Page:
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Mission of Mercy to again fix smiles

June 13, 2009|By MATTHEW UMSTEAD

MARTINSBURG, W.Va. -- The stars have aligned for improving dental care in the Eastern Panhandle.

That's how Jan Callen, executive director of the United Way of the Eastern Panhandle, explains the meteoric success in drawing attention to a health need in the region she said had been "bubbling" beneath the surface for some time.

People with good dental insurance in the area have had trouble getting dental care because of a shortage of oral health-care professionals, Callen said.

A convergence of interests, people and events, notably the Mission of Mercy (M.O.M.) project, has helped shine an even brighter light on the dire need among area residents who have little or no insurance, Callen said.

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"All the stars were in alignment," Callen said.

The Mission of Mercy project will return to Hedgesville (W.Va.) High School on June 26 and 27. This will be the second year the project will be in the Eastern Panhandle, and more than 800 volunteers are expected to help provide at least one oral health service at no charge.

"We have plenty of volunteers, but we could always use more dental professionals to volunteer," Callen said.

The mission this year, like last year's program, is to help anyone age 18 and older who cannot afford to see a dentist or who is uninsured or underinsured.

The project's goal is to provide services to 1,000 people. More than 1,100 people received services last year.

"I think that crystallized that there truly was a problem and that people truly could not get access to dental care in the Eastern Panhandle," Callen said of the turnout.

Before the Mission of Mercy project put hundreds of faces on the problem, an oral health task was formed, the United Way began transforming itself into a community action agency and startling data about the lack of oral health care among the region's children surfaced.

In 2003, a West Virginia Bureau of Health survey found more than 10,000 Medicaid-eligible children did not have access to dental care.

Three years later, area dentists surveyed said the No. 1 need for the area was a local, nonprofit oral health clinic. The nearest clinic is about 90 minutes away in Baker, W.Va., in Hardy County.

Phone calls received by health officials requesting information about where to get dental health care have topped all others, Callen said.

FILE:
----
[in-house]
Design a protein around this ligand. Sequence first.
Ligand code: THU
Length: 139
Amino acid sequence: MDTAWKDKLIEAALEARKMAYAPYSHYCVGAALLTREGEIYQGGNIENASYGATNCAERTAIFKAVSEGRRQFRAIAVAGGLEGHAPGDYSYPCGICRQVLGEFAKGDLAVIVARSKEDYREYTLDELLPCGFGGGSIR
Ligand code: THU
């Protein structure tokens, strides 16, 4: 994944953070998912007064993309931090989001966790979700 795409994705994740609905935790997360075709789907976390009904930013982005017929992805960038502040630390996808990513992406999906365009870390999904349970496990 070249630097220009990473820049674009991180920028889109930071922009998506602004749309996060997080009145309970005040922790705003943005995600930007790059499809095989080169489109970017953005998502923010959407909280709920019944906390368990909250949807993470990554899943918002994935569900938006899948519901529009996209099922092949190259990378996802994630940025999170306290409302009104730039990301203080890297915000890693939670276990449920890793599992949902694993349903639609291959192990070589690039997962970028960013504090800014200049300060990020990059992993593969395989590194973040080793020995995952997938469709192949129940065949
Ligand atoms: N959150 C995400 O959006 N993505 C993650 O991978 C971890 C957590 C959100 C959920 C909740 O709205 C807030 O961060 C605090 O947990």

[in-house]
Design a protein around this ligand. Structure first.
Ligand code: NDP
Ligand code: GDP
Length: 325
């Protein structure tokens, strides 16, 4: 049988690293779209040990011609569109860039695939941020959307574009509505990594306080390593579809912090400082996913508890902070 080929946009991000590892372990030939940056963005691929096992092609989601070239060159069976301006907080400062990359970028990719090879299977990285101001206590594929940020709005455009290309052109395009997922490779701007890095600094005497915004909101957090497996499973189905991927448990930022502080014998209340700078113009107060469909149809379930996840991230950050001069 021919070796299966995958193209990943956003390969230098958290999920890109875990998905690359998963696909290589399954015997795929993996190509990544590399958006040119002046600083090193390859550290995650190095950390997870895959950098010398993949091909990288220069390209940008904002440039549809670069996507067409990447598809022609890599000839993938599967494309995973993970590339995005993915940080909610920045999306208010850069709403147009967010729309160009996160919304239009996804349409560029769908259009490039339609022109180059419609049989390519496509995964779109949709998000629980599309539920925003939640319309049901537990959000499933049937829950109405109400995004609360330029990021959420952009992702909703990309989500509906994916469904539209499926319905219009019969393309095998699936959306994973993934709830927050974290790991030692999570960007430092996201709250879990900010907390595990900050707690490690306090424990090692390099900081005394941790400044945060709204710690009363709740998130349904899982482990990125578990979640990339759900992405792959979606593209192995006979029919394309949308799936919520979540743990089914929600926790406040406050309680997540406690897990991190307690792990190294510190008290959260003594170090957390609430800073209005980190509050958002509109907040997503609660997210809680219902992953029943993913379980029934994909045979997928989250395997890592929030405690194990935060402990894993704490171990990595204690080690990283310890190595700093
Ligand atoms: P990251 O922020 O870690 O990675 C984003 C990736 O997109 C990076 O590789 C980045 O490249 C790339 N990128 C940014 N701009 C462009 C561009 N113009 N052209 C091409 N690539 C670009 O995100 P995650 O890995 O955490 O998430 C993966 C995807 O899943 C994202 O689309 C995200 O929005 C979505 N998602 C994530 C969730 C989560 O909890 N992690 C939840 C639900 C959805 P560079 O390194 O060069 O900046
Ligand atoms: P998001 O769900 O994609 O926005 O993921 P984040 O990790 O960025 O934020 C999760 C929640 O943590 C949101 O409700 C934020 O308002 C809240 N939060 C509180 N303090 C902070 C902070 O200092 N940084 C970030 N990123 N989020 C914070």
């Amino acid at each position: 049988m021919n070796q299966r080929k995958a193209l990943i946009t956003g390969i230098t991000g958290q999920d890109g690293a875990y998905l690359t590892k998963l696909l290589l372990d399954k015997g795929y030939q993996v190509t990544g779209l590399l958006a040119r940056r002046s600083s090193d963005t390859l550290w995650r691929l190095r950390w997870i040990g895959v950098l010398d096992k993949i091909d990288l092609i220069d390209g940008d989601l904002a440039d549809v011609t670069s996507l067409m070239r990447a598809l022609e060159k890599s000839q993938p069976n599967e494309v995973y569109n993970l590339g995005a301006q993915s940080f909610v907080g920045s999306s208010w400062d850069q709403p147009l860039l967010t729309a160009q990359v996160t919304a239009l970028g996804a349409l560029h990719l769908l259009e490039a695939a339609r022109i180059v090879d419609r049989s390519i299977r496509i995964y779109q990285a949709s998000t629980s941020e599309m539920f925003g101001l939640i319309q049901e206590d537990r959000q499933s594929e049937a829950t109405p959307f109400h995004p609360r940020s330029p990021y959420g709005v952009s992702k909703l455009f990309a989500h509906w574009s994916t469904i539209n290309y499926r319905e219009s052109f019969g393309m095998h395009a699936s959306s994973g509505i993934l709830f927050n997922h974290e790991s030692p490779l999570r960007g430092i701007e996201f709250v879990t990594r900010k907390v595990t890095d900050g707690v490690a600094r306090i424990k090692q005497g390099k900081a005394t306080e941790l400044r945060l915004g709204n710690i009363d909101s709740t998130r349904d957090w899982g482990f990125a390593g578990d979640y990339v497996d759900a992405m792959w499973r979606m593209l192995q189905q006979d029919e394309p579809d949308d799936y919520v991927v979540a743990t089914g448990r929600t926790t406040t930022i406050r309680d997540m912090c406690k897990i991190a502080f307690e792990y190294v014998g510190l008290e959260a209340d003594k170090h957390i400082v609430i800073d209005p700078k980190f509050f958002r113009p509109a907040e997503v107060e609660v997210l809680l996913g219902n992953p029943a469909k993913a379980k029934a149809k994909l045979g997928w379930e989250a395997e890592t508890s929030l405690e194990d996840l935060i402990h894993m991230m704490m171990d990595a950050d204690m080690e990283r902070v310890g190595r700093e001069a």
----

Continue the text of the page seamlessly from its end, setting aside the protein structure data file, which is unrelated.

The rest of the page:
In between the surveys, a regional oral task force was organized in 2005 and benefited from members Betty Russell and her husband, W. Dean Russell, a local oral and maxillofacial surgeon, who Callen said have been passionate about tackling the oral health need.

"We're determined to make this thing work, one way or the other," Betty Russell said in a December 2006 interview.

That month, the West Virginia University Robert C. Byrd Health Sciences Center Eastern Division in Martinsburg announced it would back the development of area school-based dental screening programs and oral health awareness programs for young students. Lisa Dunn, who worked at the Jefferson County (W.Va.) Health Department, was tapped for the job.

"She goes right to where the kids are," Callen said.

A licensed dentist, Dunn has seen more than 1,500 children, and provides preventive dental care for children who have little or no insurance.

Callen also credited Terry Dickinson, who as executive director of the Virginia Dental Association in 2000, launched the Mission of Mercy program there and has helped organize the local M.O.M. project.

The local Mission of Mercy project is an initiative of Healthy Smiles of the Eastern Panhandle Inc., which formed in 2008 and is sponsored by the United Way.

While the Mission of Mercy project raised new awareness of the substantial need for oral health, a new dental clinic also is in focus.

A press conference to announce plans regarding the oral health center's establishment will be held June 25, the day before the Mission of Mercy project.

"Our announcement is going to be extremely exciting," Callen said.

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